While the mainstream MySQL development with its leadership back then was headed towards implementing all sorts of features that didn’t mean anything to our environment (and from various discussions I had with lots of people, many many other web environments):

  • utf8 support that didn’t support Unicode
  • Prepared Statements that don’t really make much sense in PHP/C environments
  • unoptimized subqueries, that allow people to write shitty performing queries
  • later in 5.0 – views, stored routines, triggers
  • etc…

… nobody was really looking at MySQL performance at that time, and it could have insane performance regressions (“nobody runs these things anyway”, like ‘SHOW STATUS’) and a forest full of low hanging fruits.
From operations perspective it wasn’t perfect either – replication didn’t survive crashes, crash recovery was taking forever, etc.

Thats when Google released their set of patches for 4.0, which immediately provided incredible amount of fixes (thats what I wrote about it back then). To highlight some of introduced changes:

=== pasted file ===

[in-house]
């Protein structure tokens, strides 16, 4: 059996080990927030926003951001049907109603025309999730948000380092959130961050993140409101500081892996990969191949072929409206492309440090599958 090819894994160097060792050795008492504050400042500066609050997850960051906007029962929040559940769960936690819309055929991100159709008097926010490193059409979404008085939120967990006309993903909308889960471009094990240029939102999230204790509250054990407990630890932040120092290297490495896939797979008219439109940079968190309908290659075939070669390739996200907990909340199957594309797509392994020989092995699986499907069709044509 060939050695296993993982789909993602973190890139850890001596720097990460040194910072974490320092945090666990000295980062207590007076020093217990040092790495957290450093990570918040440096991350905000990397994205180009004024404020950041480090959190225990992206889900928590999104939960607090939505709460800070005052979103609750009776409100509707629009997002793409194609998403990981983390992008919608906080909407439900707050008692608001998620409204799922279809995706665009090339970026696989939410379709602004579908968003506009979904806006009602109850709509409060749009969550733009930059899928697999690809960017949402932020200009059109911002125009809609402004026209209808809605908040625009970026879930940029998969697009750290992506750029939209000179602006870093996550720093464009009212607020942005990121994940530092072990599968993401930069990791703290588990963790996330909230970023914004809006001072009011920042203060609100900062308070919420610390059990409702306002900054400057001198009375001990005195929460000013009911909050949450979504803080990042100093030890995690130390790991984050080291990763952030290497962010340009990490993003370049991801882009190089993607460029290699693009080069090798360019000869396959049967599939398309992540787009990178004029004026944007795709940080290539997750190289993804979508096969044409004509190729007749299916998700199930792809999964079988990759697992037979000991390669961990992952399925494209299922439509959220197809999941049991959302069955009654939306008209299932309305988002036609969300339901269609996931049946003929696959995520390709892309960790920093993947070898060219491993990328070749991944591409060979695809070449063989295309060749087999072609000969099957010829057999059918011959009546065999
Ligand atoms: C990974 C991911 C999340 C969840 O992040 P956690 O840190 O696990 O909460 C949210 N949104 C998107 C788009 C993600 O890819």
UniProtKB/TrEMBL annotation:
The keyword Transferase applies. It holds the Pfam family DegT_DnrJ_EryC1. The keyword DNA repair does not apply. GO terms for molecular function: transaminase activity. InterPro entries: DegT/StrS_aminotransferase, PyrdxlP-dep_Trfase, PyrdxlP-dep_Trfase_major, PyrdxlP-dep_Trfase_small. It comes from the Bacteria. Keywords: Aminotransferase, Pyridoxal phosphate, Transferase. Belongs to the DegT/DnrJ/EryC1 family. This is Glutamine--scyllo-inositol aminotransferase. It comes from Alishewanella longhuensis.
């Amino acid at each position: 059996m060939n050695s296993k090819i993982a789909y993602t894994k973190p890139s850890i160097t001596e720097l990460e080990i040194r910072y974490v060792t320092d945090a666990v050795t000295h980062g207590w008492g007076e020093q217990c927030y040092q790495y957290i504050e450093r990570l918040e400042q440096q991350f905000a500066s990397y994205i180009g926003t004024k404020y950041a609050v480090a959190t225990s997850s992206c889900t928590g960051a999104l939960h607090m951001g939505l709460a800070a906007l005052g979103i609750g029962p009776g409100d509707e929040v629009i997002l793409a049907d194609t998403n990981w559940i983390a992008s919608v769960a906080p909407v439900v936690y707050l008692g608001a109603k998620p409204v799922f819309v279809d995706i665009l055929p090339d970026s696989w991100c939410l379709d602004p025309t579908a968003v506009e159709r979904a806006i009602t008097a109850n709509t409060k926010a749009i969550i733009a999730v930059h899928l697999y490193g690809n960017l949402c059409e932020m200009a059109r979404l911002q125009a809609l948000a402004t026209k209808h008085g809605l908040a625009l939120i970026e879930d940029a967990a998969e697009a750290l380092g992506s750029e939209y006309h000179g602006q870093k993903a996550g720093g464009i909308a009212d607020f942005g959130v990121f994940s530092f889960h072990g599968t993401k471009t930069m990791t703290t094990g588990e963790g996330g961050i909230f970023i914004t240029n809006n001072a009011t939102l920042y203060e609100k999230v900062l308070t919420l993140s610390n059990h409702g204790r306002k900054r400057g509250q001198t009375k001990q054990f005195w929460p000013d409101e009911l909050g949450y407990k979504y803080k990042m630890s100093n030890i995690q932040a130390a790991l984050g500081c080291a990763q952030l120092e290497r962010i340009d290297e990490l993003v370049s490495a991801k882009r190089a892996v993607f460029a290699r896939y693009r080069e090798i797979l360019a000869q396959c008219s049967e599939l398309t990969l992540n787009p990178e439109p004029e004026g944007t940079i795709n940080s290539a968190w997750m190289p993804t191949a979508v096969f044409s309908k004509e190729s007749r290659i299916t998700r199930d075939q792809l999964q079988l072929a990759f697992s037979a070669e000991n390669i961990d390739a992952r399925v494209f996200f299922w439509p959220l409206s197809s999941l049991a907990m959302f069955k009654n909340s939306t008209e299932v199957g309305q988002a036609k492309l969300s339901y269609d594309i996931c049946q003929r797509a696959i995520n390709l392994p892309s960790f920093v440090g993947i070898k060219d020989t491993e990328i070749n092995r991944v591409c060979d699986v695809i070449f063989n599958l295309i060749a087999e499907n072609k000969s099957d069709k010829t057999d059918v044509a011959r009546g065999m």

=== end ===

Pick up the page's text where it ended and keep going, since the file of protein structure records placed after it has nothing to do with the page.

• Crash-safe replication (replication position is stored inside InnoDB along with transaction state) – this allowed to run slaves with innodb log flushing turned off on slaves and having consistent recovery, vanilla MySQL doesn’t have that yet, Percona added this to XtraDB at some point in time
  • Guaranteed InnoDB concurrency slot for replication thread – however loaded the server is, replication does not get queued outside and can proceed. This allowed us to have way more load pointed towards MySQL. This is now part of 5.1
  • Multiple read-ahead and write-behind threads – again, allowed to bypass certain bottlenecks, such as read-ahead slots (though apparently it is wiser just to turn off read-ahead entirely) – now part of InnoDB Plugin
  • Multiple reserved SUPER connections – during overloads systems were way more manageable